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G 126 THE GERMAN CHANCELLOR
when any matter arises in which a Power
is at issue with Germany, they are to be A
forbidden to take the smallest measures of ;
precaution, and that if they even strengthen Y
the frontier garrison, this is a reason for reject­
ing any proposals for mediation or arbitration.
These are perhaps the most important, but
they are not the only points in this speech
T which require comment. In his efforts to ll
mislead the world as to the true nature of ä
the military measures taken by the different A
’ Powers he mis-states the simplest facts; for I
T instance, he states " that France ordered her E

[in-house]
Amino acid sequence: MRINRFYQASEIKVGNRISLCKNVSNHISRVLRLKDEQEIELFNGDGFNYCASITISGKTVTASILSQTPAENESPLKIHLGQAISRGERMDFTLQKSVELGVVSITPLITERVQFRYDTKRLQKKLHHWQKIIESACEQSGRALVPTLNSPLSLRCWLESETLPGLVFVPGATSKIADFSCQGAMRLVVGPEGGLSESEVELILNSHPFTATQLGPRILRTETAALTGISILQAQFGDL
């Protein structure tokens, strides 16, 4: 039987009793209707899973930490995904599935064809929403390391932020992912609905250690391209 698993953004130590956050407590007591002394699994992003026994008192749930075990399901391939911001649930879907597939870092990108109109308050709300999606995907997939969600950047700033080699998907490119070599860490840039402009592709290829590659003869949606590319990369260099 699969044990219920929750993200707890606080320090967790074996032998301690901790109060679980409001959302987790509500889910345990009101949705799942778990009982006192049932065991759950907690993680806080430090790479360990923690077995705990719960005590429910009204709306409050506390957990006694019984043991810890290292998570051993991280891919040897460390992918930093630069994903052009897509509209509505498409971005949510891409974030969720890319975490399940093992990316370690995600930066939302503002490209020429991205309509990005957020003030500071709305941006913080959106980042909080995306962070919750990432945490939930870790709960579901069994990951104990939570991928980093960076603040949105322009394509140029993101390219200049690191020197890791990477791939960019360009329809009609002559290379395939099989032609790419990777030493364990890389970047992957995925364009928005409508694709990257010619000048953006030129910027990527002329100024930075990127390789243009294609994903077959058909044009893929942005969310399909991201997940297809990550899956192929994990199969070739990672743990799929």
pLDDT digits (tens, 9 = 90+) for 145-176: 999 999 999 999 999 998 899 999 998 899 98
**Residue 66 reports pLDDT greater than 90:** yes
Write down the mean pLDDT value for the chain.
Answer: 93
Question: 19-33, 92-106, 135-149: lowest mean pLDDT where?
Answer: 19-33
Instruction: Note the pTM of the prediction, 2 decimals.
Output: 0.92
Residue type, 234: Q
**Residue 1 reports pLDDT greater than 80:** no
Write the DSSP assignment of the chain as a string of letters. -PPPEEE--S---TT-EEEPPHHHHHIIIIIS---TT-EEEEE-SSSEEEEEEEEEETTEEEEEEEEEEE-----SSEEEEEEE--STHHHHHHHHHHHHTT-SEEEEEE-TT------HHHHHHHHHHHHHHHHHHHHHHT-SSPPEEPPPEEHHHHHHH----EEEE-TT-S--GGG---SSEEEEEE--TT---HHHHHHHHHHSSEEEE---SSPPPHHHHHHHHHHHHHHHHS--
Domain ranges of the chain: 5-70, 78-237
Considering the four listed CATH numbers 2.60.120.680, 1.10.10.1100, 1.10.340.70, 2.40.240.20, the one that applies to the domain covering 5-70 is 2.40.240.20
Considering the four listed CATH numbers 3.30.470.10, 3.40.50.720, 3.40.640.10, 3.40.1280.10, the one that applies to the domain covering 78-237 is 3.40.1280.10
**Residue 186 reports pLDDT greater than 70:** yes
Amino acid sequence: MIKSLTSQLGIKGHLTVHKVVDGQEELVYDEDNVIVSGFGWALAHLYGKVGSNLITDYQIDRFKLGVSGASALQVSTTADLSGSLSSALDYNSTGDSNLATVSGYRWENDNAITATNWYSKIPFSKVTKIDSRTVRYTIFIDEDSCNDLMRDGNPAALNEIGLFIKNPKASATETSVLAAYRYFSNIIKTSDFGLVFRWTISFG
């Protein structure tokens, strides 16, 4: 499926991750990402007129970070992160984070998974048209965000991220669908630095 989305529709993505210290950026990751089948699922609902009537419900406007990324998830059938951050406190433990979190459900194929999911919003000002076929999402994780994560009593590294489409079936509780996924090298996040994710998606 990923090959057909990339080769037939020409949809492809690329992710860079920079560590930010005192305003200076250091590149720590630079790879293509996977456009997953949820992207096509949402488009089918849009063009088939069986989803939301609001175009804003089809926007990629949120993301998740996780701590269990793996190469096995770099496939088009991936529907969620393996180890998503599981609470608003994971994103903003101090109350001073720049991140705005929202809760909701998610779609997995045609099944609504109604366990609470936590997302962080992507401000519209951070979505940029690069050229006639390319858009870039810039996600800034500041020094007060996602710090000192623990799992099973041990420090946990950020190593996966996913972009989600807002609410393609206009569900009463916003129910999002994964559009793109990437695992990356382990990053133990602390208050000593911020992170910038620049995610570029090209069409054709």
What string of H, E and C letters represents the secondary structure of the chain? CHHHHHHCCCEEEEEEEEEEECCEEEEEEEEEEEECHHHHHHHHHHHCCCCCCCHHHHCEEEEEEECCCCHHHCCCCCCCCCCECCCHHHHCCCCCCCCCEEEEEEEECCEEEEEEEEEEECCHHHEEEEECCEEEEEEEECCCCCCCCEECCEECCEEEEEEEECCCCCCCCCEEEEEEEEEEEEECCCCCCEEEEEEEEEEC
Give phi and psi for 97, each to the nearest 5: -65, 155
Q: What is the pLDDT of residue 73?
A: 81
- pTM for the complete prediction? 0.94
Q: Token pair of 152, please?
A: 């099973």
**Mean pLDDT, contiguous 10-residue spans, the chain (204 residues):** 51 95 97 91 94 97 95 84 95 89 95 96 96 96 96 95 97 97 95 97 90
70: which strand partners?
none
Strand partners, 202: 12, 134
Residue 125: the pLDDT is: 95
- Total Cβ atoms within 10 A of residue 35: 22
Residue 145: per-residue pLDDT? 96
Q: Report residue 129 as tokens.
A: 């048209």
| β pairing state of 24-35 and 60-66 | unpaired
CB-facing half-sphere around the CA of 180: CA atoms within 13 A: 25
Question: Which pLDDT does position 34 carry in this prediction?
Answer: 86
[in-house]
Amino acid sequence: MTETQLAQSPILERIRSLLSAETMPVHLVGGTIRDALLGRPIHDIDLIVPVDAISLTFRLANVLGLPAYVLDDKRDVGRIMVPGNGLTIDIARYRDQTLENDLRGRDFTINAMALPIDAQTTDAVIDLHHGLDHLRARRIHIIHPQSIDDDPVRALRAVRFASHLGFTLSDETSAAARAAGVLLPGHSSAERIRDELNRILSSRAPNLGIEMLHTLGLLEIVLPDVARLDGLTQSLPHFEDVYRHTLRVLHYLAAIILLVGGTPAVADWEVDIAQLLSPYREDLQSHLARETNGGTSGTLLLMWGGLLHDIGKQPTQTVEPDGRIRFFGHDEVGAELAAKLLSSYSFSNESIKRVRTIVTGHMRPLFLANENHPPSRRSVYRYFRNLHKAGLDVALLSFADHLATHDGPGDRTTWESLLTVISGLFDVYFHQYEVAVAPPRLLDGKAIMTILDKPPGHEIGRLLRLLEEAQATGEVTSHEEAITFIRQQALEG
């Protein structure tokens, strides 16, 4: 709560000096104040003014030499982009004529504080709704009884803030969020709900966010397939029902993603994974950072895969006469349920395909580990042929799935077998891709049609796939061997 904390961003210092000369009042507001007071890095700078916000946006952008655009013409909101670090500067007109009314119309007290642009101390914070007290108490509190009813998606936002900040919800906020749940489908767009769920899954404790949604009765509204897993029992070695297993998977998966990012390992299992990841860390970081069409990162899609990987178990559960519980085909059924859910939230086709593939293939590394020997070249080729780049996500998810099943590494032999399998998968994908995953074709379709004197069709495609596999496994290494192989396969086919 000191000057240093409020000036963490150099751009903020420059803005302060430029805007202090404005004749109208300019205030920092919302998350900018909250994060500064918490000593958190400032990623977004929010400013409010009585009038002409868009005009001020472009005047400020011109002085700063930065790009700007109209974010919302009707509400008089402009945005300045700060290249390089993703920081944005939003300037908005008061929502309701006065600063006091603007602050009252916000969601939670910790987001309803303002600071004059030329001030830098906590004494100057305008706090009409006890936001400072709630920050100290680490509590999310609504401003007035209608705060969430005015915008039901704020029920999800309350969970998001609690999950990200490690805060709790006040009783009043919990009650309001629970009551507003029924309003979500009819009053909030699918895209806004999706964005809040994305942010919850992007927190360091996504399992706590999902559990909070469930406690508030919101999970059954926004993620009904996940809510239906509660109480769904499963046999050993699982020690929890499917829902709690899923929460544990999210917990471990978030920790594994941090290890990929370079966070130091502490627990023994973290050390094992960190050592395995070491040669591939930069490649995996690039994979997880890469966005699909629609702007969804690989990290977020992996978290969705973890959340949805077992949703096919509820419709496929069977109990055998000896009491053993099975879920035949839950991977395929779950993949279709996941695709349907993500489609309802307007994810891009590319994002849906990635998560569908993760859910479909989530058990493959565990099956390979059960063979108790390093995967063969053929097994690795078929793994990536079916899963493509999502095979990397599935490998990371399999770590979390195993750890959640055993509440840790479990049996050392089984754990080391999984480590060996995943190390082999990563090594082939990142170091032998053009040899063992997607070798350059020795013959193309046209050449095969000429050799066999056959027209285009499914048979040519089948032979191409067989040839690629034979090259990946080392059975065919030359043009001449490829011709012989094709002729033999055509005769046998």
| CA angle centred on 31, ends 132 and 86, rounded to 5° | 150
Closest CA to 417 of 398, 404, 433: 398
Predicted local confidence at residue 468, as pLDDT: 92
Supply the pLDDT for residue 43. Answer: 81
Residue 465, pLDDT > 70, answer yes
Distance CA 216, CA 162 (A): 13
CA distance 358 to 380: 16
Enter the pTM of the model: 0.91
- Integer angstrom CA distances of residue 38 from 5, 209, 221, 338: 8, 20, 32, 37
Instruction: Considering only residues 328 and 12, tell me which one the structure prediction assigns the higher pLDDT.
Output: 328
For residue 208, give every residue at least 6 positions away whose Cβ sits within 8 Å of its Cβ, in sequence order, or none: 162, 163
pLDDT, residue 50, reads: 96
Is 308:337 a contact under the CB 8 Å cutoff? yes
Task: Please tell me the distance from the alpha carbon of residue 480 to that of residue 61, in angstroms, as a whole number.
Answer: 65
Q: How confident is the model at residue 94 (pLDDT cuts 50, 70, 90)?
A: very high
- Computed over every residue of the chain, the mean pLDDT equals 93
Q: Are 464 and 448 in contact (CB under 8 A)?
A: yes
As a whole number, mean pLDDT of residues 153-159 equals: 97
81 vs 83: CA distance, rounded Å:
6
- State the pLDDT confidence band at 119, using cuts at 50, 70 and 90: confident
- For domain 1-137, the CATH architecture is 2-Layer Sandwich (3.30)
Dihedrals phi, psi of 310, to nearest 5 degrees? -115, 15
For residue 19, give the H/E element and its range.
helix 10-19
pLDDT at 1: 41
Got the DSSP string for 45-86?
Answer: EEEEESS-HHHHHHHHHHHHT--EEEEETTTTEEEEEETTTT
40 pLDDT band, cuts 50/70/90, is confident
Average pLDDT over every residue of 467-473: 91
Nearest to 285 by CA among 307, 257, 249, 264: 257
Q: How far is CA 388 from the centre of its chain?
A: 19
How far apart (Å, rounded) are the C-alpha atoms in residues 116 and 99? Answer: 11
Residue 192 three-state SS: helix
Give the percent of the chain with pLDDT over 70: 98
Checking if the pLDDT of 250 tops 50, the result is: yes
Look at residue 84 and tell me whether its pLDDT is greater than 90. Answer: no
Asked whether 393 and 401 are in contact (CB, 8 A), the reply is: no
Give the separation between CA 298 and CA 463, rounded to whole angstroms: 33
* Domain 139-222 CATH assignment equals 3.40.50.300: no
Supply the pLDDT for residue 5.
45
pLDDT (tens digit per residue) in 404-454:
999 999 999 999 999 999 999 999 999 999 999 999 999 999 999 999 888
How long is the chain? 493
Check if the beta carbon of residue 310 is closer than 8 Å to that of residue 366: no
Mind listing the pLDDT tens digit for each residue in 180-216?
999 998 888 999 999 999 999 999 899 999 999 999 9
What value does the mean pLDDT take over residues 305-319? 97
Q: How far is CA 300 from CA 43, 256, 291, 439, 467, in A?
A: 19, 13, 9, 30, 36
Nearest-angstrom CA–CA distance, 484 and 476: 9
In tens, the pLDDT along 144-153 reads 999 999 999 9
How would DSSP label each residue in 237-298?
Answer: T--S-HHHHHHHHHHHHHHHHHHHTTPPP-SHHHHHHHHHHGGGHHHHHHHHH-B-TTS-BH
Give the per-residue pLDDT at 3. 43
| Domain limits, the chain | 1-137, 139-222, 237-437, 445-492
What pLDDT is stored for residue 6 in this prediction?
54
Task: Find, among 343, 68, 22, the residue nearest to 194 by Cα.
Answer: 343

_ own mobilisation some hours earlier than we ,
ourselves proceeded to m0bilisation." The ‘
T point is not of great importance, for, anyhow,
{ the French order for mobilisation came a full "
T day after the proclamation of Kricgsgefahr
in Germany, and after the despatch of the
German ultimatum to Russia. The facts, how- p
ever, are that French mobilisation was ordered ;
at 3.40 p.m. on August 1st, and that of
Germany at 5 p.m. on the same day. Allowing
" for the difference of time between Paris and V
Q Berlin, a little more than half­an-hour elapsed,
so that in fact the two orders were practically
· issued at the same time. But he makes s
precisely a similar mis­statement regarding °
P l